Laura Beatty

Published by Chatto & Windus 22 May 2014

374pp, hardback, £16.99

Reviewed by Shirley Whiteside


Laura Beatty’s second novel, set in the Welsh Marches and in London, follows Mia, a thirty-nine-year-old woman who is trying to rebuild her life after the death of her lover, John.  John was a journalist working on a book about the life of Lady Brilliana Harley, a Puritan during the period of the English Civil War, when he died suddenly. Mia decides to complete the book, undertaking the research herself while John’s friend writes the book from her notes.

The novel is split into three sections, the middle one set in John’s London flat where Mia continues to live, surrounded by John’s things.  Even though he is dead, John’s shadow hangs over Mia at every turn.  Her love for him is strong and at times seems to tip over into hero worship.  Beatty deftly conveys that Mia is desperately lonely, looking out from her third floor window on the hustle and bustle of London life below.  Without John she has lost her sense of herself and is looking for a way to fill the void her lover has left behind.

In her much earlier era, Brilliana is a fascinating character who, in the absence of her husband and sons, rallied the locals to defend her home, Brampton Bryan Castle, against the attacking Royalists.  Mia becomes increasingly captivated by her subject, delving into old records and visiting the various Harley homes on the Welsh-English border.  This serves as both a distraction and comfort as she grieves for John.

Mia has a complicated relationship with her blind father and Beatty has them both carefully picking their way through conversations, trying not to fall into the emotional traps that are lurking just below the surface. There is a secret that Mia cannot bear to reveal to her father and this creates a barrier between them.  Beatty is subtle but the parallels between John and Mia’s father and her relationships with both men are expertly woven into the story.  Ultimately, Mia must resolve the conflict with her father before she can restart her life without John.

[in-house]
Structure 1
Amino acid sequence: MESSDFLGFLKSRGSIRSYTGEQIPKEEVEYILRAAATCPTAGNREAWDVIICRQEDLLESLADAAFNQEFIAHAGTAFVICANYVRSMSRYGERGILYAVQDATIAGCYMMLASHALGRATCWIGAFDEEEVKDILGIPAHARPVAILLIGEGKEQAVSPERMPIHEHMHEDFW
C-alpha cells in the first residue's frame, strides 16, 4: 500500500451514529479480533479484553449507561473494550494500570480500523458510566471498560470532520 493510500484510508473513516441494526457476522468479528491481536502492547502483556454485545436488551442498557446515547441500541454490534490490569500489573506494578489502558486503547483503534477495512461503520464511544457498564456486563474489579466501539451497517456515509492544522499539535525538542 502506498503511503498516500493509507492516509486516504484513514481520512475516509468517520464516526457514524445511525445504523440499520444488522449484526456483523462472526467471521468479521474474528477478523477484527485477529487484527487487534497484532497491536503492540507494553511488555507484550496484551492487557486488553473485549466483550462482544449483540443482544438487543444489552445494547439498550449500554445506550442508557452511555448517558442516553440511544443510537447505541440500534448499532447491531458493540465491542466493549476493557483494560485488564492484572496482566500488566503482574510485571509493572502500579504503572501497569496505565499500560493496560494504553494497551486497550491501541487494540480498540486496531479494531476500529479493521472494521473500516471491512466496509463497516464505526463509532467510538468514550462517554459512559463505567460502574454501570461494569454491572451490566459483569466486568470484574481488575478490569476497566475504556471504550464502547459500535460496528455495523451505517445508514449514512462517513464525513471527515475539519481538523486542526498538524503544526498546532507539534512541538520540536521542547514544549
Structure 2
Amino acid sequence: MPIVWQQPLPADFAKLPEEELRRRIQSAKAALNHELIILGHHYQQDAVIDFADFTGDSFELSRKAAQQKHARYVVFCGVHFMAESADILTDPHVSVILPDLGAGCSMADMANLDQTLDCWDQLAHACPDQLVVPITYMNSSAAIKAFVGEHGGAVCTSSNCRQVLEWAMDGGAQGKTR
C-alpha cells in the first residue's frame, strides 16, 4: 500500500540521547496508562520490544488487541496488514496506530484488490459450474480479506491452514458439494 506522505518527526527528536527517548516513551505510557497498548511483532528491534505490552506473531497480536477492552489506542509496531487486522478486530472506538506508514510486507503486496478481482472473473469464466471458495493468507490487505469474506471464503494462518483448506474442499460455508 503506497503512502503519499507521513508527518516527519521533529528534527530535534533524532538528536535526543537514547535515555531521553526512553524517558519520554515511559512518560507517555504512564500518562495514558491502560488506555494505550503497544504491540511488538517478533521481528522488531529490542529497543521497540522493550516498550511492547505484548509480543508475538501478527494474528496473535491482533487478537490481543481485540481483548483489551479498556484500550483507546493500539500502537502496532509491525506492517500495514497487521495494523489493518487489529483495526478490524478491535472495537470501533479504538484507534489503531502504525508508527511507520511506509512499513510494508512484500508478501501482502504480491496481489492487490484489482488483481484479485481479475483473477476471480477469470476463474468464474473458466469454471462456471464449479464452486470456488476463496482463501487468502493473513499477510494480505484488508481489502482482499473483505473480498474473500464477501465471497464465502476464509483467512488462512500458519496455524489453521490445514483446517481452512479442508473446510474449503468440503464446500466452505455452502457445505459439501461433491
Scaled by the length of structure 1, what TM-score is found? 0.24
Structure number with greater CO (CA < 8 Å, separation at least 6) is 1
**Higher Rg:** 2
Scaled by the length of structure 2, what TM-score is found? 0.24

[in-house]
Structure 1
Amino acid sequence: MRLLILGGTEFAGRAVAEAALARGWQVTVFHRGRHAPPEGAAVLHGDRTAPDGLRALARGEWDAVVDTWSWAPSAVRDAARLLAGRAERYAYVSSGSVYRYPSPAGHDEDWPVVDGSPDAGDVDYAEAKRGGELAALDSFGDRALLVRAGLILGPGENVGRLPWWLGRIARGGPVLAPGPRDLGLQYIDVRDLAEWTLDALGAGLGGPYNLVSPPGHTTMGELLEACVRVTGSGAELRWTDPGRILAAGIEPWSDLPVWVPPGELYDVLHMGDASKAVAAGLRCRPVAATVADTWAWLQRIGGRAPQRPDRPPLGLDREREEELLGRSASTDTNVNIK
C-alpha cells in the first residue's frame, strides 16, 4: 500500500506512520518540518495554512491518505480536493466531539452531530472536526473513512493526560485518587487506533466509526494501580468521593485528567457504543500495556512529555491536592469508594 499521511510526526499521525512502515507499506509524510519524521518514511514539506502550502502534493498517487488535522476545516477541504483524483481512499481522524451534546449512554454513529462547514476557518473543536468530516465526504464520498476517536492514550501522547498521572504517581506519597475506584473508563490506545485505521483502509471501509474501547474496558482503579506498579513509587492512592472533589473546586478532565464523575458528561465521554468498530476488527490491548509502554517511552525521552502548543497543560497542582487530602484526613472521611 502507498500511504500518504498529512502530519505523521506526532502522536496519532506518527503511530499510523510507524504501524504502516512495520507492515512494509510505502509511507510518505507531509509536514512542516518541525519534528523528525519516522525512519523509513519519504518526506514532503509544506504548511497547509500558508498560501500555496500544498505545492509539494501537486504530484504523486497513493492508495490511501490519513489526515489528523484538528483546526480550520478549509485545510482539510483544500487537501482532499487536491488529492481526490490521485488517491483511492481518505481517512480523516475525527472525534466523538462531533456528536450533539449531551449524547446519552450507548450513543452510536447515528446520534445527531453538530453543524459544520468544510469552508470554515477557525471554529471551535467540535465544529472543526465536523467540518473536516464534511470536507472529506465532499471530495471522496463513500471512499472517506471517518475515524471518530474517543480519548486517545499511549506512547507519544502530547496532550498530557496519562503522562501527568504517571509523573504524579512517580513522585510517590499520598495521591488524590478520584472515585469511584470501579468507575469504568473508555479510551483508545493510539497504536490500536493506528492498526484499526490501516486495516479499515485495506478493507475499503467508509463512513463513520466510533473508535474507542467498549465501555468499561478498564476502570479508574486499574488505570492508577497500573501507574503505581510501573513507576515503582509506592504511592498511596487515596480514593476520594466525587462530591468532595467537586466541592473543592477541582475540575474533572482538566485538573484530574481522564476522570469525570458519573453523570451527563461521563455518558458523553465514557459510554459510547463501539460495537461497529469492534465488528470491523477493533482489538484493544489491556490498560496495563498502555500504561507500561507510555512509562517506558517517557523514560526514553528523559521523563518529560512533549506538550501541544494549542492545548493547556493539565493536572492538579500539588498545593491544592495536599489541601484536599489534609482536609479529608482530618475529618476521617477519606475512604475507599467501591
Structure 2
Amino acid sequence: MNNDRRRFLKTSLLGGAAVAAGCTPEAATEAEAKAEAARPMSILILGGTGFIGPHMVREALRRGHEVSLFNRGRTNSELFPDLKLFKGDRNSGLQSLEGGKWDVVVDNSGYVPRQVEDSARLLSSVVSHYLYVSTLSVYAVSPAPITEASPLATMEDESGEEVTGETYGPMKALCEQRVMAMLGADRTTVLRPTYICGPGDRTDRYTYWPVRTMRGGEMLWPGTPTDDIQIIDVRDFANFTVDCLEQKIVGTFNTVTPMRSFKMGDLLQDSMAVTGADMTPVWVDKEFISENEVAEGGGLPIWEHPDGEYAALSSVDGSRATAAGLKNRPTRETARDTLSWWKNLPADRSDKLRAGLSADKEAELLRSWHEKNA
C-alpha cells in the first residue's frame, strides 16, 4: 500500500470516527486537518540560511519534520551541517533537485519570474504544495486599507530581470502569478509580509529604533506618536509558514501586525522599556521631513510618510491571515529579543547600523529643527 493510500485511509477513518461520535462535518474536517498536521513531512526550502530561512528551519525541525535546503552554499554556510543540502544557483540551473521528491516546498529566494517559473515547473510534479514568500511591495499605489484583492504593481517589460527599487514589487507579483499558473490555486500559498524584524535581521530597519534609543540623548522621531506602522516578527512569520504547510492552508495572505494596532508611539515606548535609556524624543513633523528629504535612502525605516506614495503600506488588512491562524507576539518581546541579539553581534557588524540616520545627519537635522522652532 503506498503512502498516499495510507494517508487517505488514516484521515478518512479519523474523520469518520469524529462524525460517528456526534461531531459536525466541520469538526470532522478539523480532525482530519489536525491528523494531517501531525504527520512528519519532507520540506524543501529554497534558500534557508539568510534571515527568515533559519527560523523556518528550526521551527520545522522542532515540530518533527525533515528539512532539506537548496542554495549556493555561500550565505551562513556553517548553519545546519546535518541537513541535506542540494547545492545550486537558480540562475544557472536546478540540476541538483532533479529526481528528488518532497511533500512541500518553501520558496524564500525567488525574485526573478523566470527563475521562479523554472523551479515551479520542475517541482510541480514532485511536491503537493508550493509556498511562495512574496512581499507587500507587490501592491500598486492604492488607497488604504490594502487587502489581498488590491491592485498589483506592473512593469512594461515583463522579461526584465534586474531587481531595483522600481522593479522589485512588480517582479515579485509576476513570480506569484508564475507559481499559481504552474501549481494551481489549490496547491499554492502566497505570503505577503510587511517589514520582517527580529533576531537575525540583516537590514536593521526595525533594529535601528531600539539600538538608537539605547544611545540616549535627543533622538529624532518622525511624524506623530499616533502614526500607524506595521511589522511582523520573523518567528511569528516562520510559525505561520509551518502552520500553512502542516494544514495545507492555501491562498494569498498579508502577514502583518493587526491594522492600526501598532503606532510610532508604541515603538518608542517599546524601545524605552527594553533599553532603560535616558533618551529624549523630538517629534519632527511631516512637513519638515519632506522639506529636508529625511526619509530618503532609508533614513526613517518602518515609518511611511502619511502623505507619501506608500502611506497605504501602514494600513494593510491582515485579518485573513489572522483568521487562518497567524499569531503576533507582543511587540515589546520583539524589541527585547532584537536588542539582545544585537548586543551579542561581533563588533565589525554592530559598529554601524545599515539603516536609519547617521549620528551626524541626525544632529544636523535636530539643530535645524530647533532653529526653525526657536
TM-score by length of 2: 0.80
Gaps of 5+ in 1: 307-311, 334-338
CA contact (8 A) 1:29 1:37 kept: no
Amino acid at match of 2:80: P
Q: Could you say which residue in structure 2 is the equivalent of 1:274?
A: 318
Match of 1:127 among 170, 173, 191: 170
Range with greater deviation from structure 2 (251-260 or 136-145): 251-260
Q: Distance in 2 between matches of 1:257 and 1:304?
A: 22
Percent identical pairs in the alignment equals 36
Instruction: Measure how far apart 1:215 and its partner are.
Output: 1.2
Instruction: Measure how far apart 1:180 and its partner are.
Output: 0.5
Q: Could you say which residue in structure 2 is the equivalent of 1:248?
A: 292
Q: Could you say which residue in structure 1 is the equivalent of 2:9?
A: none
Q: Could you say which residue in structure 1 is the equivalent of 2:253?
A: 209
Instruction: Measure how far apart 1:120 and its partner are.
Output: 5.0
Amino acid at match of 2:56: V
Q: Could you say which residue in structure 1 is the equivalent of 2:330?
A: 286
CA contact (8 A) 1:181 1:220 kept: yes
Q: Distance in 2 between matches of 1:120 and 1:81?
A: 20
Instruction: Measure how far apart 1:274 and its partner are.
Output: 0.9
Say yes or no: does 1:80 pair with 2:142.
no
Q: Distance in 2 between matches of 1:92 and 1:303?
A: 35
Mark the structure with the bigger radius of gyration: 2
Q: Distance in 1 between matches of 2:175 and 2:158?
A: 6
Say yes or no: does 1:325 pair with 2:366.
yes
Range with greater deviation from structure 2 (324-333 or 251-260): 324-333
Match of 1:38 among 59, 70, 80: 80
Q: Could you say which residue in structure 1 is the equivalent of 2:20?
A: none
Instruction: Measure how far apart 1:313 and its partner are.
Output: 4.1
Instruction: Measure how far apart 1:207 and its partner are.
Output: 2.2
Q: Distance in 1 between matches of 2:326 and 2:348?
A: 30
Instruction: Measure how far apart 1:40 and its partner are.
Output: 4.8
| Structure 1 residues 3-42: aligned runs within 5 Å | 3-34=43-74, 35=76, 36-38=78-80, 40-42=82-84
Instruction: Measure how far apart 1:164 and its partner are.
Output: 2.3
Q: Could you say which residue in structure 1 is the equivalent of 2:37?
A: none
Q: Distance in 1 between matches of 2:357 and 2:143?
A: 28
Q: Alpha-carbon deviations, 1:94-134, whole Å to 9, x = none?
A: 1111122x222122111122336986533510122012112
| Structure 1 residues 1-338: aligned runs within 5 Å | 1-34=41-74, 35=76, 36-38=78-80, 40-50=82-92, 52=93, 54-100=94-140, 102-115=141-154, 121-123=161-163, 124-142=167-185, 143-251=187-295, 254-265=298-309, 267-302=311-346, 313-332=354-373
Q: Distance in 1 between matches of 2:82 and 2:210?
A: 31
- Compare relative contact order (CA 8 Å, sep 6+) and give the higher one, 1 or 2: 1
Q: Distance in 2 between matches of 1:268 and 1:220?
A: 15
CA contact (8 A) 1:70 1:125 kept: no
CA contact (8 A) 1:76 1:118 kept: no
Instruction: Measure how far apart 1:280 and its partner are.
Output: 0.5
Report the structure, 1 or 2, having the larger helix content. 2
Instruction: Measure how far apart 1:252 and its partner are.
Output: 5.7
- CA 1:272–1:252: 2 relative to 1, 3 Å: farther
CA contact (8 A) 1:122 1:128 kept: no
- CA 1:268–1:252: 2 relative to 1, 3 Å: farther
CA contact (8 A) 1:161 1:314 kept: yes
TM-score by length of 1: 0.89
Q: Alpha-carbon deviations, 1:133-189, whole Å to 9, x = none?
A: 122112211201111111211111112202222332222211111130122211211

This is a well-researched novel that skilfully moves back and forward in time following the fortunes of well-crafted characters.  For anyone not au fait with the English Civil War, the book has a timeline of the major events which helps to put Brilliana’s story in context as does her family tree.  Copies of various documents are scattered through the text which demonstrate the kind of records that Mia must decipher to find out more about Brilliana and her world.

While Beatty’s novel is partly historical it is much more than a dry history lesson.  It deals with love, loyalty and loss as it affects two women who live centuries apart.  This is an absorbing read that draws the reader in from the outset and lingers in the memory long after the last page has been turned.


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